Course Open - Buggies not allowed (updated 15 December at 08:36)
Paul McGinley - Grange History excerpt

PAUL McGINLEY

In the early 1980s, a young Rathfarnham lad passed the old iron gates into Grange every Saturday morning in his way to play soccer or Gaelic football and often wondered what it was like inside those gates. He played soccer for Newbrook Celtic, who played off the Whitechurch Road, close to the current 9th tee, and played Gaelic football for nearby Ballyboden St. Endas. He already played golf and often caddied for his father in Scratch Cups and Championships. The father was a member of Naas Golf Club and was an established competitor in the higher echelons of amateur golf.

His name was Michael McGinley and his sports-loving son was Paul McGinley, soon to become Grange’s greatest-ever golfer.

Because his father’s club, Naas, was not convenient for regular practice or play, Paul’s early golf career was something of a slow burner, with soccer and football being his main passions. He played U-14 and U-16 football for Dublin and won a Dublin minor medal with Ballyboden in 1986. However, a classmate of Paul’s in Colaiste Eanna was Patrick Groarke, son of Grange members John and Anne, and Patrick took to inviting Paul for regular games in Grange. It was during one of these games that Paul met Donal Moriarty, Past-Captain and the convenor, mentor and organiser of junior golf in the club. Donal saw Paul’s talent and keenness and promptly arranged for him to become a Junior Member of Grange. This enabled Paul’s career to really take off for not only did it give him unlimited practice possibilities, but he was joining a supremely talented and dedicated group of peers who were to dominate club golf in Ireland at Junior level for several years, and whose exploits are fully documented in Chapter 11.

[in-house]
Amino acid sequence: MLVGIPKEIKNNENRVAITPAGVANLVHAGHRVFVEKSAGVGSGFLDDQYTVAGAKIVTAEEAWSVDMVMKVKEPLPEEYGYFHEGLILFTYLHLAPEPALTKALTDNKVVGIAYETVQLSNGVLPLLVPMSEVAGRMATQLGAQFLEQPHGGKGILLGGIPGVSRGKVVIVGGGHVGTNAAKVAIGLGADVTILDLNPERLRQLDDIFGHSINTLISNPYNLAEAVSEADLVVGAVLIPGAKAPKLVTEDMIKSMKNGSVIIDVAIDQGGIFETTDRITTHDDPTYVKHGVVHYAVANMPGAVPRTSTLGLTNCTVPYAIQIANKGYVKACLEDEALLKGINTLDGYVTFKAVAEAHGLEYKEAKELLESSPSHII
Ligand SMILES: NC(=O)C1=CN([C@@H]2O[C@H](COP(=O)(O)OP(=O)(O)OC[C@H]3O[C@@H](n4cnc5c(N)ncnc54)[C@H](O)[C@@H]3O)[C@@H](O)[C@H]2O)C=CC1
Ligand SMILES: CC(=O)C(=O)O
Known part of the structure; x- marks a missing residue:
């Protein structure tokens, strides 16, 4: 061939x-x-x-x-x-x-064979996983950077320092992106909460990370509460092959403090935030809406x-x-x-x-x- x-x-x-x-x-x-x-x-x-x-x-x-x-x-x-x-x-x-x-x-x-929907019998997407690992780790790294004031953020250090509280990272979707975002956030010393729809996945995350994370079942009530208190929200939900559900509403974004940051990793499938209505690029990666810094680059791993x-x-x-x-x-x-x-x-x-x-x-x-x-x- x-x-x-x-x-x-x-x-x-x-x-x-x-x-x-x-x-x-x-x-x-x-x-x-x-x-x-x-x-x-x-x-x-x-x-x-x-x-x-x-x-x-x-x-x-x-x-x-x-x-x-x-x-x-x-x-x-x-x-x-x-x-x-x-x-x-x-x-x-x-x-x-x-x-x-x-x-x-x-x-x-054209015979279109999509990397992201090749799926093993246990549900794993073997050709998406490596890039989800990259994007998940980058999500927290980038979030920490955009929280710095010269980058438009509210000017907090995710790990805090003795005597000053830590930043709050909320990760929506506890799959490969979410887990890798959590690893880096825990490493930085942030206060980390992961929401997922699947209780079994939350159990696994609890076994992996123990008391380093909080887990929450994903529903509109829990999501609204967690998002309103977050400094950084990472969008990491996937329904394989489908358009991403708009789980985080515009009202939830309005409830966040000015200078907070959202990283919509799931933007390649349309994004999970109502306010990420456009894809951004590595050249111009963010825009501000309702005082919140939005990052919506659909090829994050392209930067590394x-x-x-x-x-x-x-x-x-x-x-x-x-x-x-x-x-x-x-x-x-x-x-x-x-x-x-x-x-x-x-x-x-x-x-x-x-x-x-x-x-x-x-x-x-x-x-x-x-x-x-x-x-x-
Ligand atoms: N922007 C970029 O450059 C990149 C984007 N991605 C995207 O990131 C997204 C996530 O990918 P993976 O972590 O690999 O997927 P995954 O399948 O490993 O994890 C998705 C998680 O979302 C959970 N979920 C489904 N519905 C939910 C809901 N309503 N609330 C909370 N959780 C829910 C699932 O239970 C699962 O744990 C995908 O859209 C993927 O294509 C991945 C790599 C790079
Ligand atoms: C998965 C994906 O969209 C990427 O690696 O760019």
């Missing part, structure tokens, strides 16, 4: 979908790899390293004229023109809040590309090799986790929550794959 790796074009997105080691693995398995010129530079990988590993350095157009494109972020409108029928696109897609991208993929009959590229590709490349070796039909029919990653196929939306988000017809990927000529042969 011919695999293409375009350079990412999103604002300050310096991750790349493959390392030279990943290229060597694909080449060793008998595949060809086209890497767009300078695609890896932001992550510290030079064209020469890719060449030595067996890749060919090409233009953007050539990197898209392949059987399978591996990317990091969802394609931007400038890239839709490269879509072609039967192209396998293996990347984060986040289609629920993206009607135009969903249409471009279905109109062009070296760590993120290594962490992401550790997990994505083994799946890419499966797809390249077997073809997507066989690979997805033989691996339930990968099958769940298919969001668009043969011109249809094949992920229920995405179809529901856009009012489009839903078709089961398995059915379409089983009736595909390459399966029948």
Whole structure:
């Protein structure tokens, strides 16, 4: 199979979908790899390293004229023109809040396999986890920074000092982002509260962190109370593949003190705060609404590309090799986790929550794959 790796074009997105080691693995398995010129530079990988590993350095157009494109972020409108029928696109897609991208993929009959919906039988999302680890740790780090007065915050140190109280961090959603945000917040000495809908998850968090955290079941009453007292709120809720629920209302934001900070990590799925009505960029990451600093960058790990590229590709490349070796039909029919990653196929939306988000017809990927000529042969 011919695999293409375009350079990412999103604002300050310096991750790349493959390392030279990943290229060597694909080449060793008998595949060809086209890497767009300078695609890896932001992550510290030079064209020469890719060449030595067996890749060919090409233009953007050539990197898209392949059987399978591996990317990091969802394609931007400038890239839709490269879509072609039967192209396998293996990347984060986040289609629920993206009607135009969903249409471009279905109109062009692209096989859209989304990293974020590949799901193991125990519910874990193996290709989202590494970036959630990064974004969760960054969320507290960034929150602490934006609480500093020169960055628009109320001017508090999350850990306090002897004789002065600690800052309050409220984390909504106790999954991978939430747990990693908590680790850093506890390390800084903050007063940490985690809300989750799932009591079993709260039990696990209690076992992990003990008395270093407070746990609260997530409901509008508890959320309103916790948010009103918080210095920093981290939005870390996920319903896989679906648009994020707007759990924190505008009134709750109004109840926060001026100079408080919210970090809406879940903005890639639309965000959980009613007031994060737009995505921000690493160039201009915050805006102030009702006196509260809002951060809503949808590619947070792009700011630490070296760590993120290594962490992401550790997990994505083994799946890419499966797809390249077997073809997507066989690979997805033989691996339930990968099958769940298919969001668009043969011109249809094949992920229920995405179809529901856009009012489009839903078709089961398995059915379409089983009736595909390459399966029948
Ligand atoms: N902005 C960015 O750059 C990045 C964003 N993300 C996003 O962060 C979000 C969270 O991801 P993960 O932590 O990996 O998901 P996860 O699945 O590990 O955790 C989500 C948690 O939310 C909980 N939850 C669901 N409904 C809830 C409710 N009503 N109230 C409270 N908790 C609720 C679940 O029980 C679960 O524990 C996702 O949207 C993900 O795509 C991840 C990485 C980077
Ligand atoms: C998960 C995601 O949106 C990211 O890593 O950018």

Paul’s penchant for practice quickly came to the fore and nobody around Grange was really that surprised when, twenty years later, he holed a ten-foot putt to win the Ryder Cup at the Belfry, for they had seen him do it a thousand times before. As another of the young tyros, David Walker, now professional at Foxrock, put it: “He’d leave these big footmarks on one corner of the putting green. He could be there for hours grooving the same putt over and over, so much so that some of the members worried that he was going to wear a bare patch”.